If you already have your MCSE, then you are in a good position either way. First, if you have your MCSE, you likely have some industry experience. It's this experience that matters to your employers, not whether Microsoft has decided to retire your Windows NT 4.0 certification. And if you are a new MCSE without much experience, you have the knowledge required to make your trek to Windows 2000 that much easier.

Thomas Shinder

Microsoft Doesn't Care About Lanop

There was some discussion regarding whether Microsoft would sue Lanop. Why would they? Because Lanop would take some money away from the testing program for Windows 2000? I doubt it. The testing and certification program is not considered a profit center for Microsoft. Of course, Microsoft might be concerned if they felt that keeping interest in the Windows NT 4.0 certification alive would drain the pool of strong Windows 2000 candidates. But I doubt that is the case.

Why? Because Microsoft is concerned that candidates who receive the Windows 2000 certification are indeed expert at LAN and WAN systems, and in the design and implementation of Windows 2000 networks. The pool of highly skilled engineers isn't going to come from people who worry excessively about getting their Windows NT 4.0 MCSE. This pool is filled with people excited about the new technology, and who jump headfirst into the expansive realm that is Windows 2000.

Microsoft was Never the "God" of the IT Industry

Finally, the writer of the article states that Microsoft was once the "God" of the IT industry, but that they have been kicked off of their pedestal by Lanop the savior. First, Microsoft was never the "God" of the IT industry. They are a major and powerful player, but they are just one of a large number of powerful forces in the industry. And if Microsoft was ever on a pedestal, it'll take someone that has provided more to the industry than Lanop to remove them from it.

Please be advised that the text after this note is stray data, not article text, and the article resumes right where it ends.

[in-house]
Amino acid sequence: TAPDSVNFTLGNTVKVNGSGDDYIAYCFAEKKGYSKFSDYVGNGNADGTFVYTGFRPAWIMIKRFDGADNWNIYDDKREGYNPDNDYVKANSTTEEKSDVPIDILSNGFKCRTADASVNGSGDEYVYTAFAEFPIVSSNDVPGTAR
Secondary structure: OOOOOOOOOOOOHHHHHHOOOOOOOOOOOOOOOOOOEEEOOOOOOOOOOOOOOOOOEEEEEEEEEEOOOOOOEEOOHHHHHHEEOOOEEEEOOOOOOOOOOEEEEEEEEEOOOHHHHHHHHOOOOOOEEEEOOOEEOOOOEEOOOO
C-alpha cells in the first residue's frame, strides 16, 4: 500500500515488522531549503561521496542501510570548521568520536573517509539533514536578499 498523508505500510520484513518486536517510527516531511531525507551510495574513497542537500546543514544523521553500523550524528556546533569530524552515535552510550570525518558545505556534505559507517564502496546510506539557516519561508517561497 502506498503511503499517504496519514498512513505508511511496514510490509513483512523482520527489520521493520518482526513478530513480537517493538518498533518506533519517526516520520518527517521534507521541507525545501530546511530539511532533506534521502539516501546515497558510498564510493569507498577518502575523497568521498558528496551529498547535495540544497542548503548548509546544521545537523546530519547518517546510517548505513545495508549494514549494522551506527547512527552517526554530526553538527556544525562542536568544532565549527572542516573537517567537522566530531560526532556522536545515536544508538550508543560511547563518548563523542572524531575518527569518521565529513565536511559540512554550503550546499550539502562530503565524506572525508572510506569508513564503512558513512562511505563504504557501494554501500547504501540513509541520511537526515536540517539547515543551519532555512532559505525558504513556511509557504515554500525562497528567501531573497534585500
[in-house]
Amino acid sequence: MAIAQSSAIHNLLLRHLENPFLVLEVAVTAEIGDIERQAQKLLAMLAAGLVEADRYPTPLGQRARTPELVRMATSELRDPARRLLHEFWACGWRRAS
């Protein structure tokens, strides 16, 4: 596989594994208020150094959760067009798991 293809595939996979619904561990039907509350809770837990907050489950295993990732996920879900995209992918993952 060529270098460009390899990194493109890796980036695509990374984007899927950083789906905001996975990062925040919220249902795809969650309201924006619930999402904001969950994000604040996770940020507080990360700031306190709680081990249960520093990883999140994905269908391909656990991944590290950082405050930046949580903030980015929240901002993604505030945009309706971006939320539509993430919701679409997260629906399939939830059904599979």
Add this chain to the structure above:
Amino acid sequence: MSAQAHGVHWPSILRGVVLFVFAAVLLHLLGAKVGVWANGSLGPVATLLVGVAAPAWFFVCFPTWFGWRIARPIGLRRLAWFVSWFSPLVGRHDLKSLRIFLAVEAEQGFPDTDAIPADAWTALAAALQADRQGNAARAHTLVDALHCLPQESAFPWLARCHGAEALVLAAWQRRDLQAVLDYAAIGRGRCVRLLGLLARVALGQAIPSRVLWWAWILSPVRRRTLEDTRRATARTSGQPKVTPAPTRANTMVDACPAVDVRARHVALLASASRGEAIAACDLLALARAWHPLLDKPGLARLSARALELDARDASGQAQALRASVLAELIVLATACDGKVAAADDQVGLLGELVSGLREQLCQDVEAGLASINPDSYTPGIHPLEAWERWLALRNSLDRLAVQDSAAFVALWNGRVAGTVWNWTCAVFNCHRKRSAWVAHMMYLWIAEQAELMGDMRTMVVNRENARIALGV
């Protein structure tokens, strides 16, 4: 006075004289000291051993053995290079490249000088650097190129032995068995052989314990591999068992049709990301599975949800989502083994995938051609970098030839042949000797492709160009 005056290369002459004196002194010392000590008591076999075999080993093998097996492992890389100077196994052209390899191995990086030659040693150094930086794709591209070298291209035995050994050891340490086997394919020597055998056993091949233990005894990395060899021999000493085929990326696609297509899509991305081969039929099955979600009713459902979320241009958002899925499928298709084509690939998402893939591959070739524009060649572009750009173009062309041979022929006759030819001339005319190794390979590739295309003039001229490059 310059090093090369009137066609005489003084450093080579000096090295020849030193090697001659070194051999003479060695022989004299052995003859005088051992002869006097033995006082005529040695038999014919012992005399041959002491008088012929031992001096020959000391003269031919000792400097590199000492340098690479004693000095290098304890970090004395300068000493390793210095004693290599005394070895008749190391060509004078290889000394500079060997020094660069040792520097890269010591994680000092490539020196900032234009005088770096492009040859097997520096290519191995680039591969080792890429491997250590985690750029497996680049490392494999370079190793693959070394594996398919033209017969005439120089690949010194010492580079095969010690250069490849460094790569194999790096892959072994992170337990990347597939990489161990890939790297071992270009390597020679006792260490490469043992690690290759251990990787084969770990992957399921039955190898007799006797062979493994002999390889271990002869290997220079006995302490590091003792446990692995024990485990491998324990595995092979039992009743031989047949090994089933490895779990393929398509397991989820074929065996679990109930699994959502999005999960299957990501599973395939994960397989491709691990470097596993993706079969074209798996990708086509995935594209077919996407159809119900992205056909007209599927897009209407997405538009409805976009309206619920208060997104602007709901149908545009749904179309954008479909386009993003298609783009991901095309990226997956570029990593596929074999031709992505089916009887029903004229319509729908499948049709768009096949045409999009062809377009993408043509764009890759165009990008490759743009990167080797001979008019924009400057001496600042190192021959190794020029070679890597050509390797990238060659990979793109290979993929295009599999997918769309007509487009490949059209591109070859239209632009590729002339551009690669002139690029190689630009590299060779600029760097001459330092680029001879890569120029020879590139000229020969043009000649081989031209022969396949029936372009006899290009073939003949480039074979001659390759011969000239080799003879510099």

Thomas Shinder

So What's the Bottom Line?

Phineas Taylor (P.T.) Barnum is claimed to have said "There's a sucker born every minute", and the notorious con-man "Paper Collar Joe" said "There's sucker born every minute, but none of them ever die". There are a lot of reasons why people become suckers: fear, uncertainty, hope, arrogance or naiveti. Lanop is hoping to cash in on any one of these reasons.

Don't be played for a sucker. If you're new to the business, study Windows NT 4.0 and try to pass the three core exams required to qualify you for the Windows 2000 Accelerated exam. Even if it's too late for you to pass those exams, you should still spend three or four months studying the core of the Windows NT 4.0 track. It will make you a much stronger candidate in the workplace, and give you the required background knowledge on which to build your Windows 2000 skills.

If you're already in the business you have nothing to worry about. If you have not upgraded your Windows NT 4.0 MCSE by the time the balloons fall on Times Square on January 1, 2002, don't worry. You will not lose your job, and you haven't lost your skills. Take the time to upgrade your MCSE on a schedule that works for you. And don't waste $30US on a certification that's meaningless. If you need to relieve yourself of this money, go buy one of my books.

The bottom line is that skills are what count. That's what the employers want, and that what you should expect to provide to them. There's going to be a precipitous drop in the number of MCSEs in 2002, and the HR departments will get the point real fast that the MCSE is not an entry level certification. 

This is good for everyone, because it will take the emphasis off of certification as a goal in and of itself, and place the emphasis back where it belongs, which is "what do you know and what can you do for us?" If you answer these questions correctly on your job interview, then you're in good shape.